By default, running in a series is almost always the best way to go. A lot of people that water cool don't really understand thermodynamics. There are no spots in a loop with an appreciable temperature difference. The water coming out of the rad is not any appreciable difference in the temperature than the water coming out of the CPU block. Same with flow, for our purposes.

Well, I have a formal education in thermodynamics, and that is why I asked. Unlike most systems, mine actually does show an appreciable difference in temperature throughout the system... http://www.hardforum.com/showthread.php?t=1399592 The water spends over 1/2 a minute in the radiator alone. I also know enough about fluid dynamics to know that putting all those blocks in series MIGHT reduce the flow of the pump enough that I would be better off with running the blocks in parallel.

This is my 'hypothetical' comparison...

Running the blocks in series, could result in a lowering of my flow due to back pressure... restricting the pump from its usual 315gph down to say... 150lph. We will say 150gph is the 'break even' scenario.

Likewise, the 'break even' scenario could also be if I run them all in parallel, and due to the lower back pressure of such a setup, maybe I will end up with 150gph going through both branches of the loop.

What it really comes down to is if say, running the blocks in parallel allows me to keep more flow through the GPU and CPU blocks since even though I am splitting the flow, and I would end up with something more than 150gph going through both blocks. OR, lets say I run them in series and I get more flow through each block... thats the basis of my question.
 

ekuest

Supreme [H]ardness
Joined
Feb 23, 2009
Messages
6,092
oh youre the massive passive guy. thought the name was familiar. havent seen any updates to your log in a while, figured you were finished. i would say that yes, if you have a block or blocks that arent meant for very high flow, then you could be slowing down the entire loop with one little chipset block or whatever. id say just spend a day messing with it. try this, try that, measuring cpu and gpu temps each time, and see what works the best. having the most low wont necessarily be the best solution, because maybe the slower flow through the rad is what is making the loop so cool in the first place. just trial and error it out. keep a spreadsheet open on your laptop, and go with whatever gave you the best results. might take some time, but at least you will get real answers instead of just guessing at what may or may not happen.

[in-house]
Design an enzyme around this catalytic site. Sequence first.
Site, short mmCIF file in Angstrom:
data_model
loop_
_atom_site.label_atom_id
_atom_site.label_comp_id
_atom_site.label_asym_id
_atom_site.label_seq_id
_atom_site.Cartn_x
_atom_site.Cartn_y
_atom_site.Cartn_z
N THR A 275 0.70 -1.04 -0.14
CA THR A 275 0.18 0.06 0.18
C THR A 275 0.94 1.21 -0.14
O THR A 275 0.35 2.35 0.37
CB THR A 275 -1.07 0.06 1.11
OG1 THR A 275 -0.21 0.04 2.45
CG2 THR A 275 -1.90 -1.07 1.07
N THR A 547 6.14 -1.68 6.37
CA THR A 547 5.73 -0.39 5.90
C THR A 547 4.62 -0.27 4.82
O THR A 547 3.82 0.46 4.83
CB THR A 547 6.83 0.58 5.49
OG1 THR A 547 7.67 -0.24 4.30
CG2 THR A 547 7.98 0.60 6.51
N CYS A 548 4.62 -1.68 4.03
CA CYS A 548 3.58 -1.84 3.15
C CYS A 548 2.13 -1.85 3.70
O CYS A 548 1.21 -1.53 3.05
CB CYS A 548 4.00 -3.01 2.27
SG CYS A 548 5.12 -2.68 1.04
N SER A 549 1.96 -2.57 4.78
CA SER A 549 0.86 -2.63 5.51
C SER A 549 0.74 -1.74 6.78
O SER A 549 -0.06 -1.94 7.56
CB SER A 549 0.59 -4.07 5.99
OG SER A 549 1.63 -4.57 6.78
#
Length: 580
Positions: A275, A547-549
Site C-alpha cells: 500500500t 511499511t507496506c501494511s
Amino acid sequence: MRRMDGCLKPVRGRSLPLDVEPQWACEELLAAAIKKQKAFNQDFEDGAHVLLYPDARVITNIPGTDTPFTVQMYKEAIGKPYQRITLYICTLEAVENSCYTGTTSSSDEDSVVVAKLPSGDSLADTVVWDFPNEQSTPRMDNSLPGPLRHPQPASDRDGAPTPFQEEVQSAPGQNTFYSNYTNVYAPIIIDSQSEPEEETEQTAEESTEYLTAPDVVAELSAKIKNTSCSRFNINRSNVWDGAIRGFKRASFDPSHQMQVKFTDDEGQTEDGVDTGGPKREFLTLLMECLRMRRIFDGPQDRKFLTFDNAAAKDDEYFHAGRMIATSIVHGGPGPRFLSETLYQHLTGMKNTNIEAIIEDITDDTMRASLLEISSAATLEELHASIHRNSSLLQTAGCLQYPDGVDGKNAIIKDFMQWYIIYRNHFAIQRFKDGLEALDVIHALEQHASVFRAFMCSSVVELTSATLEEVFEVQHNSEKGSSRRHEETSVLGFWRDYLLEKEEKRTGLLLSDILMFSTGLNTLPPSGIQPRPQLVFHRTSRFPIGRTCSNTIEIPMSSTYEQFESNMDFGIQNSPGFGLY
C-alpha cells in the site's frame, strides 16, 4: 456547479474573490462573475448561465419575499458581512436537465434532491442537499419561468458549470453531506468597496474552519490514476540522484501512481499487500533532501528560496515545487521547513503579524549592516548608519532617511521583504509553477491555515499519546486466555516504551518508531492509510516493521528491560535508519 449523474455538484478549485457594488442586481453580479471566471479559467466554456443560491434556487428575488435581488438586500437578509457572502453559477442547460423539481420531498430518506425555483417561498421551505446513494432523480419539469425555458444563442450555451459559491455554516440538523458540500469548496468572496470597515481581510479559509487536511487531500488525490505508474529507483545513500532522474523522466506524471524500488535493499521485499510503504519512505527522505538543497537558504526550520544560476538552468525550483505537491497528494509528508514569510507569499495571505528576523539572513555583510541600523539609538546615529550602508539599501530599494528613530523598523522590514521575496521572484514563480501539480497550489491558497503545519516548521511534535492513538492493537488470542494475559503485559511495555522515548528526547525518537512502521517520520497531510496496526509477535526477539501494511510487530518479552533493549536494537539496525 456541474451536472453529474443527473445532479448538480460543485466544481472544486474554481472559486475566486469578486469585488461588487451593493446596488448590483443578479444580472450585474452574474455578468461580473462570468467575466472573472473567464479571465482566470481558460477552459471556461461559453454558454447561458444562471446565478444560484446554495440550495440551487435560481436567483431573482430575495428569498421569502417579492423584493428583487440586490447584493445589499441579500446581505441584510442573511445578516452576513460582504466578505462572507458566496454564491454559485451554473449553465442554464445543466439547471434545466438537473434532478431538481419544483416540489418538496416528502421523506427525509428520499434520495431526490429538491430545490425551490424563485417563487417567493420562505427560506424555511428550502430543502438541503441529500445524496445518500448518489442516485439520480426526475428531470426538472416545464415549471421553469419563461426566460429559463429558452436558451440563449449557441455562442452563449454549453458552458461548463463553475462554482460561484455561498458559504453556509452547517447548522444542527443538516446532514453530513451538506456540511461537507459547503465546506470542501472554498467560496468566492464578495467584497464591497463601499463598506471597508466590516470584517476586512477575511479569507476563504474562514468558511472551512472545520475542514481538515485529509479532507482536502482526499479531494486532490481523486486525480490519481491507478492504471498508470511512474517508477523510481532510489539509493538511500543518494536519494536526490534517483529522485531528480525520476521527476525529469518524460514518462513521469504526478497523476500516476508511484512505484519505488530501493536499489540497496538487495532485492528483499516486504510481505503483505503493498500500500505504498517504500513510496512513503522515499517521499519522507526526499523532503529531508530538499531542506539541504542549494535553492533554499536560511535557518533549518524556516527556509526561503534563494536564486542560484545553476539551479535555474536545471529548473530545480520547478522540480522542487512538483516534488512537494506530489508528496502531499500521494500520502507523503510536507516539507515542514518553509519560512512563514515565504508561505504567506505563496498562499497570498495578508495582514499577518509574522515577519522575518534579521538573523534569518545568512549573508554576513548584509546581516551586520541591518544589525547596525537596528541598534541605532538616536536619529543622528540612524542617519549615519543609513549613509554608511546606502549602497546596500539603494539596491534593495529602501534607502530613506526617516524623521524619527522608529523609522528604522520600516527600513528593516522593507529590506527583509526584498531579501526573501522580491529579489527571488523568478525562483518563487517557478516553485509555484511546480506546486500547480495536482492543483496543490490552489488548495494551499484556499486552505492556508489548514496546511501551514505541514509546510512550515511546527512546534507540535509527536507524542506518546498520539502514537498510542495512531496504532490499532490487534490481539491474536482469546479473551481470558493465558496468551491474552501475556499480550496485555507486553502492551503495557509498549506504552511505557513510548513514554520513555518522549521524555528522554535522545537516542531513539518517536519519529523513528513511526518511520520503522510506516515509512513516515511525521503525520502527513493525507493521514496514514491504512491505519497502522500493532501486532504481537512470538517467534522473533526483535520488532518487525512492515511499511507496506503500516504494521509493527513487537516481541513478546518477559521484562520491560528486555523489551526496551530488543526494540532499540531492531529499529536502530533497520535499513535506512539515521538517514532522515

undertheradar

[H]ard|Gawd
Joined
Oct 26, 2004
Messages
1,792
Thats what I figured... just have to tinker with both. I dont think the chipset blocks will hinder much compared to usual since I will be running them in parallel no matter what (since that SB one is only 1/4").

Yep, Im the 'massive passive' guy. Its not finished, and it works very well so far... I just have to finish putting the rest of the blocks on. My i7 920 is sitting at a cool 31C right now (according to the Gene's LCD). Room temps seem to have more impact on the temps than the actual CPU activity or overclocking.